The Collateralized Loan Obligation (CLO) market
CLOs are special-purpose vehicles (SPV) set up to hold and manage pools of leveraged bank loans, allowing banks to implement the originate-to-distribute model and thus to manage their risk exposure in the lending market. On one hand, banks arrange syndicated loans and compose their corporate loan portfolios. On the other hand, they act as underwriters and collateral managers for CLOs, whose role is to acquire mainly syndicated term loans to create new off-balance sheet loan portfolios for securitization.
Gallo and Park find that direct access to the CLO market as a collateral manager or underwriter allows banks to better absorb shocks on their corporate loan portfolio and enable them to continue their lending to corporations.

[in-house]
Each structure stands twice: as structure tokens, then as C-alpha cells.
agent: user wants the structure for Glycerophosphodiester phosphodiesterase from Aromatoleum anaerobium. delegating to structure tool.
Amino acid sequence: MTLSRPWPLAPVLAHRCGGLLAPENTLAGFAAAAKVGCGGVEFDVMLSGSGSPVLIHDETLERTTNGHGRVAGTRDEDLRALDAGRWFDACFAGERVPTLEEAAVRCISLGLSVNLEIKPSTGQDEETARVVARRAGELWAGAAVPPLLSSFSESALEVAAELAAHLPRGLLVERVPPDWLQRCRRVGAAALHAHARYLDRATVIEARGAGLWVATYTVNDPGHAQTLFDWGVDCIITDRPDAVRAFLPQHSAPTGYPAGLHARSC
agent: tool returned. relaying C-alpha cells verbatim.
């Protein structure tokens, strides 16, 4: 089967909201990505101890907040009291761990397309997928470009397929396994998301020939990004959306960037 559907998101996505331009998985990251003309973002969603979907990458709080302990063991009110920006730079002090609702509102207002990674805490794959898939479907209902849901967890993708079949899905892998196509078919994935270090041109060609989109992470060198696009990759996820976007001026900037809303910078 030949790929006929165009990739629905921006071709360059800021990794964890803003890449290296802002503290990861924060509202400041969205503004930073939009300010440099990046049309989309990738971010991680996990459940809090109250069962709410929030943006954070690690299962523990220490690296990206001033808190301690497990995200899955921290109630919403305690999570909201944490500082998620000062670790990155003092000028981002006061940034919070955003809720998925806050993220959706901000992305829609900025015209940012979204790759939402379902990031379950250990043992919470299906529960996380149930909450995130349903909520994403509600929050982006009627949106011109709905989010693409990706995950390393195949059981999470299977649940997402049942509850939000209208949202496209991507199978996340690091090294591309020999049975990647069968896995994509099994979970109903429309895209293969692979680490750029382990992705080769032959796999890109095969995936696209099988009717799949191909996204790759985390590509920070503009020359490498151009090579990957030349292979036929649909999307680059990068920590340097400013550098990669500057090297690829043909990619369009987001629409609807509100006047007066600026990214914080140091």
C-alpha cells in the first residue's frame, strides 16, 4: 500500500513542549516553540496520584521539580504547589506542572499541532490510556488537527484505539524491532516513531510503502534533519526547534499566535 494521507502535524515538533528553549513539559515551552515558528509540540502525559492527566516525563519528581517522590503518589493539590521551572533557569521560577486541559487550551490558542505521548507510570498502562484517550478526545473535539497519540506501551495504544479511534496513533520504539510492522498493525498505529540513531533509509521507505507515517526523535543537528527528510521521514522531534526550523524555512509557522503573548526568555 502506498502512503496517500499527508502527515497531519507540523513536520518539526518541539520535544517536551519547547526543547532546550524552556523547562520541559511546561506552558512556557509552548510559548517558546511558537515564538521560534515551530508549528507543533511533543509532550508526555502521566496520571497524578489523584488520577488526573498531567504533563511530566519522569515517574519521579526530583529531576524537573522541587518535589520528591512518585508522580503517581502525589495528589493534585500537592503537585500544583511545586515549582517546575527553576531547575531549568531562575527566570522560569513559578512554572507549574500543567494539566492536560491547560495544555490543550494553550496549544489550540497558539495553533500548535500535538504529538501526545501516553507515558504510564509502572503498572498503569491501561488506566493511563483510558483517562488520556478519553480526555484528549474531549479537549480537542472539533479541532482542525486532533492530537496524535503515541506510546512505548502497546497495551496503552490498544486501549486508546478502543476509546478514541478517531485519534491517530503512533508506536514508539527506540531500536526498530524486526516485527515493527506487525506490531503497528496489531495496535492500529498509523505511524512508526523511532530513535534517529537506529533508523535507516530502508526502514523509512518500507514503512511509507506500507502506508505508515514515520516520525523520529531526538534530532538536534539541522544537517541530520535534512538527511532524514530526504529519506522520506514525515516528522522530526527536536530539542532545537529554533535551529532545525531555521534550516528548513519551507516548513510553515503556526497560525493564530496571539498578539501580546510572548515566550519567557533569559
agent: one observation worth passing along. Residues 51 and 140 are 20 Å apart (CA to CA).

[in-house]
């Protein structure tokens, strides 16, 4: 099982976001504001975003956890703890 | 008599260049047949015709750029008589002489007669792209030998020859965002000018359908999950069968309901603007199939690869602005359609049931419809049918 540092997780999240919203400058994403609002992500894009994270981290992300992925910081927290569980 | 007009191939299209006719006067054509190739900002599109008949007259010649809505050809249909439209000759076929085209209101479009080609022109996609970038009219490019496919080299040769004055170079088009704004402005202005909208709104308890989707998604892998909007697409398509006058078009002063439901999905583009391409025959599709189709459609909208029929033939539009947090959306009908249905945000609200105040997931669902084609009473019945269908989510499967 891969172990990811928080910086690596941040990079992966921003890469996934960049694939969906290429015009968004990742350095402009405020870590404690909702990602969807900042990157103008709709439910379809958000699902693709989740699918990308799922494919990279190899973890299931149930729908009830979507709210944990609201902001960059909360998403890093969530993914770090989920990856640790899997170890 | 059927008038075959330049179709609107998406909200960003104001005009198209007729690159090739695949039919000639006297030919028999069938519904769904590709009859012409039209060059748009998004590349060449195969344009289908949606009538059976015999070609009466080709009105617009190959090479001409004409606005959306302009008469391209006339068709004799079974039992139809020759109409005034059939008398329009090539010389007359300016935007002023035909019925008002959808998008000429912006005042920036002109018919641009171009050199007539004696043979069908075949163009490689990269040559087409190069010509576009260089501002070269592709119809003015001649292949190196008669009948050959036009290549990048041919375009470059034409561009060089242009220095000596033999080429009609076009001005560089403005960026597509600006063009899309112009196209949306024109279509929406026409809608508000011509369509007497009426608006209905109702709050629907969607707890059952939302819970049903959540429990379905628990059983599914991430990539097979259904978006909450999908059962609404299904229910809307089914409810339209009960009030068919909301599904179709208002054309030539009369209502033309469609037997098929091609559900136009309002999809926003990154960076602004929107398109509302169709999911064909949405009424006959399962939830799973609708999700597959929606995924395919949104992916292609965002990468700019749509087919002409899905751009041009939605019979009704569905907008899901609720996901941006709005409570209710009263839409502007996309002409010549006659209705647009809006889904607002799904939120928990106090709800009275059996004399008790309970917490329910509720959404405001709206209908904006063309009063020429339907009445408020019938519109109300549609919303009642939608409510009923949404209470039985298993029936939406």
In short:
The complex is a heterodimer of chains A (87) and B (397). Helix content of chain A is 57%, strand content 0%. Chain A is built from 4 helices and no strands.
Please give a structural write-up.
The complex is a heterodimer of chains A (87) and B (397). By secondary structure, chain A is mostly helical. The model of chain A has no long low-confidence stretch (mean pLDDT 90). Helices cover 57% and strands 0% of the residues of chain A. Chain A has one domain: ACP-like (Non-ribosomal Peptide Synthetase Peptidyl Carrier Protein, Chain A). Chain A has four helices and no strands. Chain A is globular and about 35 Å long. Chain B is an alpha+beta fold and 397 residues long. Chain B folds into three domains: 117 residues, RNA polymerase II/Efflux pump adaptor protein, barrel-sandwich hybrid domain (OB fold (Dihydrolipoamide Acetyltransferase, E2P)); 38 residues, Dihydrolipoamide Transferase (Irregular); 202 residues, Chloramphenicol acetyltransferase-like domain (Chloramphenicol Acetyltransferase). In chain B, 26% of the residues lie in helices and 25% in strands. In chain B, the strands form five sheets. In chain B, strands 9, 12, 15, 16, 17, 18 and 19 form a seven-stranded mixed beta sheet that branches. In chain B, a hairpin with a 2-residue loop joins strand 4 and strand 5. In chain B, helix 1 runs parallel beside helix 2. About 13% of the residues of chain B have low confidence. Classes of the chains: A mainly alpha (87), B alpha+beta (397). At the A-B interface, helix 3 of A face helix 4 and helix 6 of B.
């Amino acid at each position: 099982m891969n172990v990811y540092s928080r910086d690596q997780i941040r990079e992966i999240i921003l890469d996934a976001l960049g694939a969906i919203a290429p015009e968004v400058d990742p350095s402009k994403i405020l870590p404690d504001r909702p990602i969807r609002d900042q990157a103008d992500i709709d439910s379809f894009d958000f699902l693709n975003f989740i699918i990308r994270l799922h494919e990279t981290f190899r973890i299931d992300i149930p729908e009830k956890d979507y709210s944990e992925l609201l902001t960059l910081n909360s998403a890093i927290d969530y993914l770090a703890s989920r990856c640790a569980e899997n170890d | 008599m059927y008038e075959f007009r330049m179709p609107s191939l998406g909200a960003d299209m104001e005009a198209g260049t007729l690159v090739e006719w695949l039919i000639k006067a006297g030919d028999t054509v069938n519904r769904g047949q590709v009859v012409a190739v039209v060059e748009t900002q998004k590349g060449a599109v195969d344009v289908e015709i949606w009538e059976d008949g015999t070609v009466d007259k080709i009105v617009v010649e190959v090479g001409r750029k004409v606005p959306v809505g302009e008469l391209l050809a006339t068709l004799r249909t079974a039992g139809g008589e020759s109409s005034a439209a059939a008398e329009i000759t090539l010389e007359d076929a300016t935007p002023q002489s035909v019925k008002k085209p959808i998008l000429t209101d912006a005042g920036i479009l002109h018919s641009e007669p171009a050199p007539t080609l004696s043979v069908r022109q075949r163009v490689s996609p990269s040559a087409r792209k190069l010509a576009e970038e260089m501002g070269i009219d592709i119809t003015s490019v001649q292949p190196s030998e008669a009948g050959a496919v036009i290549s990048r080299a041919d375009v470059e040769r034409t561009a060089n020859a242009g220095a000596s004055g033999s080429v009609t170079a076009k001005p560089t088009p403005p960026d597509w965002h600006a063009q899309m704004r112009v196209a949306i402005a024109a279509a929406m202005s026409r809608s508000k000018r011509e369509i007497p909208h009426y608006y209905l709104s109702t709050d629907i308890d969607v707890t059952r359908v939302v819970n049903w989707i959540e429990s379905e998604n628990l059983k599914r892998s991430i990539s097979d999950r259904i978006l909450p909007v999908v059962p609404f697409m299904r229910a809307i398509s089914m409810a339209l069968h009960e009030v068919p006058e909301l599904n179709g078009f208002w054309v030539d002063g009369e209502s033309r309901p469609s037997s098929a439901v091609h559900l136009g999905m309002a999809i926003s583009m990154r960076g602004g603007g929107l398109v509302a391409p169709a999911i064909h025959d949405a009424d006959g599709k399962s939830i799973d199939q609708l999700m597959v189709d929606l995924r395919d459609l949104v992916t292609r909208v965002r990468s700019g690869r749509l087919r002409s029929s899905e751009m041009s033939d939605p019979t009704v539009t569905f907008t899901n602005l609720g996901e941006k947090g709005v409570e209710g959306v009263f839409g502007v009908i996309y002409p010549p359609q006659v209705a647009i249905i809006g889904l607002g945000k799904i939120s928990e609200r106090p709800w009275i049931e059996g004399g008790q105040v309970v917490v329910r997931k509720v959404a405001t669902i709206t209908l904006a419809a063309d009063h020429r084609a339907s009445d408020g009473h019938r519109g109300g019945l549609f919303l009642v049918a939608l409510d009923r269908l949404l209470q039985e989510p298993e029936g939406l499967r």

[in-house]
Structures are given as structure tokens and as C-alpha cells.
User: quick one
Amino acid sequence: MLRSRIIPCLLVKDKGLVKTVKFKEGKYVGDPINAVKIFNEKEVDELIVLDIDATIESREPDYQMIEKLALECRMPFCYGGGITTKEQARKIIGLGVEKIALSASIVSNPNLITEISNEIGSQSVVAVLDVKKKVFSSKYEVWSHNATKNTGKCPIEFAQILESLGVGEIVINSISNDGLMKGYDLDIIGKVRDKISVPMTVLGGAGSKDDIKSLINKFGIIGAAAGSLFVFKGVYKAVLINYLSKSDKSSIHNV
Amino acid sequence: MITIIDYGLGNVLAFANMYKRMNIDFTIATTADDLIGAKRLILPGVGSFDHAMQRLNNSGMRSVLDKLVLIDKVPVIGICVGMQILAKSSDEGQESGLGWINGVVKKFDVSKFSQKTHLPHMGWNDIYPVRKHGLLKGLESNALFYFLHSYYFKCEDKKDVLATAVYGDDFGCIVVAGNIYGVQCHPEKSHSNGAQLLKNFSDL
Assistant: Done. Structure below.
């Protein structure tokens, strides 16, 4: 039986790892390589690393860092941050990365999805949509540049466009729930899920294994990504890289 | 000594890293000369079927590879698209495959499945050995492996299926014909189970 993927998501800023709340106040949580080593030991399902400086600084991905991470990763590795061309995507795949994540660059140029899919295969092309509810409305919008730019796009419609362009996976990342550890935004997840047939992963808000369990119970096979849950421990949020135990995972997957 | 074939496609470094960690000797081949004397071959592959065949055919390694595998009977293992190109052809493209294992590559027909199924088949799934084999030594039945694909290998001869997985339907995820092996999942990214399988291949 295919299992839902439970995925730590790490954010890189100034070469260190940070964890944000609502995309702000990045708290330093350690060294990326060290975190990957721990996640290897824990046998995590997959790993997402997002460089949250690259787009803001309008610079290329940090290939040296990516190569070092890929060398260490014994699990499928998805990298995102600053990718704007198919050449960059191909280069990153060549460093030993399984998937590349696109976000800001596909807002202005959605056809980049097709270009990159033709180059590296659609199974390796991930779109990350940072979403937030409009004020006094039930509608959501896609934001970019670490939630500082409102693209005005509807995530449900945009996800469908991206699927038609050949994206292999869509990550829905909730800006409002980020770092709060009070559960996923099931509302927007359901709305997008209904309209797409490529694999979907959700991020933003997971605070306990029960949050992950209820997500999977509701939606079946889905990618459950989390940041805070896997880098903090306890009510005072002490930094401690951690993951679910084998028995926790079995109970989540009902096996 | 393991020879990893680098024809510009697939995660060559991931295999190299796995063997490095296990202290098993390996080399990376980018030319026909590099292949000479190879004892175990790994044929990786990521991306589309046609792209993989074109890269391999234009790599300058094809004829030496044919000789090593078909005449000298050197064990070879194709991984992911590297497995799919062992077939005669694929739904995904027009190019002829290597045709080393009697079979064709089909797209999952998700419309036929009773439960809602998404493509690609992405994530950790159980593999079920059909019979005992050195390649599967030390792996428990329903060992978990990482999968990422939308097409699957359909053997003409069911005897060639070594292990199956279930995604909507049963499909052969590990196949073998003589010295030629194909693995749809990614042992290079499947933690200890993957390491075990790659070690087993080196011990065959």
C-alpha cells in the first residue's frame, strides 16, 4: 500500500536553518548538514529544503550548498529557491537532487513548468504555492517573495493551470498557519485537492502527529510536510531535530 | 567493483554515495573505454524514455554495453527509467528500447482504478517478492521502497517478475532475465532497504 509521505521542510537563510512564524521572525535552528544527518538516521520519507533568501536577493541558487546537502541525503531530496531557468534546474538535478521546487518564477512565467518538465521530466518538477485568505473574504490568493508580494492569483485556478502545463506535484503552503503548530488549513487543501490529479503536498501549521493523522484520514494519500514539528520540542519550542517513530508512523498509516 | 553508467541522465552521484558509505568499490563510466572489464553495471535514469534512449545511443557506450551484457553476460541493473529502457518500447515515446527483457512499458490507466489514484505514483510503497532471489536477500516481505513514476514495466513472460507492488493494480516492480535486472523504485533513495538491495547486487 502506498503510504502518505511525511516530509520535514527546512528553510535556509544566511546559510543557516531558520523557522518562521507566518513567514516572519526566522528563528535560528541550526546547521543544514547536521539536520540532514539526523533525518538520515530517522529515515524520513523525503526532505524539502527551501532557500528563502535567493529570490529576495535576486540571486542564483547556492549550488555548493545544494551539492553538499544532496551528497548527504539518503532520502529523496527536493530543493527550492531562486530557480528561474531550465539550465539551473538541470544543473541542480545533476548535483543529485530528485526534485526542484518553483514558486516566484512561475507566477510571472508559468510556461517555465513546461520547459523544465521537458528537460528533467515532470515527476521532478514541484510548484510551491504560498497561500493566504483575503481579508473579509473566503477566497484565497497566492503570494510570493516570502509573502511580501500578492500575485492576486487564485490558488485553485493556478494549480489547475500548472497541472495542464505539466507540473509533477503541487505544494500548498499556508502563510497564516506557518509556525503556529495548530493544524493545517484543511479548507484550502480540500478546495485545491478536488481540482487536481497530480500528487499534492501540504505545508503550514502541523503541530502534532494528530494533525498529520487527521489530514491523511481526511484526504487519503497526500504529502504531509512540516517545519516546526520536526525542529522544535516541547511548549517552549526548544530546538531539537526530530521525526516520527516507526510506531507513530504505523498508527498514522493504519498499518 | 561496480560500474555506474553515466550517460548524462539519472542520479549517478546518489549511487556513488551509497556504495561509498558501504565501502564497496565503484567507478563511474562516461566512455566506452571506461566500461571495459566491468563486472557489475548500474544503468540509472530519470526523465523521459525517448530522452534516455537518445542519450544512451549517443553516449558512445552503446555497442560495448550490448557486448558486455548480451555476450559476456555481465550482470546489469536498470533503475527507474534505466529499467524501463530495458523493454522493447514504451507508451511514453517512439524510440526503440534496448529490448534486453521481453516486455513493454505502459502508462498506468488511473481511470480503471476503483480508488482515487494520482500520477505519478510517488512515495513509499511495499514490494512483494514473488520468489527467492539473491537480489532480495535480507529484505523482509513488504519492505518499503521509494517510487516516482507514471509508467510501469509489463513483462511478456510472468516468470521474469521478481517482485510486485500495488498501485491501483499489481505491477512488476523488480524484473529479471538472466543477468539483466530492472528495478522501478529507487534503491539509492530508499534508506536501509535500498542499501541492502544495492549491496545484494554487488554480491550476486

CLO Market and Corporate Lending
Authors: Angela Gallo, Min Park
From: Cass Business School, University of Exeter
An echo from 2008?
U.S. nonfinancial corporate debt as a percentage of GDP is now higher than the prior peak reached at the end of 2008.
The U.S. CLO market has grown from roughly $300 billion at the end of 2008 to $615 billion at the end of 2018. However, CLO loan-credit quality today is estimated to be somewhat weaker than 10 years ago. S&P estimates that in 2018, CLOs and loan mutual funds purchased approximately 60 percent and 20 percent, respectively, of syndicated leveraged loan volumes. It is estimated that less than 10 percent of new issuance was purchased by banks in the U.S. The remaining volumes were purchased by insurance companies, finance companies and others.
Because CLOs are today the largest buyer of these syndicated leveraged loans, disruptions to CLO creation could increase the likelihood that leveraged loans remain on bank balance sheets, which could, in turn, limit the ability of affected banks to extend credit during periods of stress.
Corporate Debt as a Potential Amplifier in a Slowdown
By: Robert S. Kaplan – Federal Reserve Bank of Dallas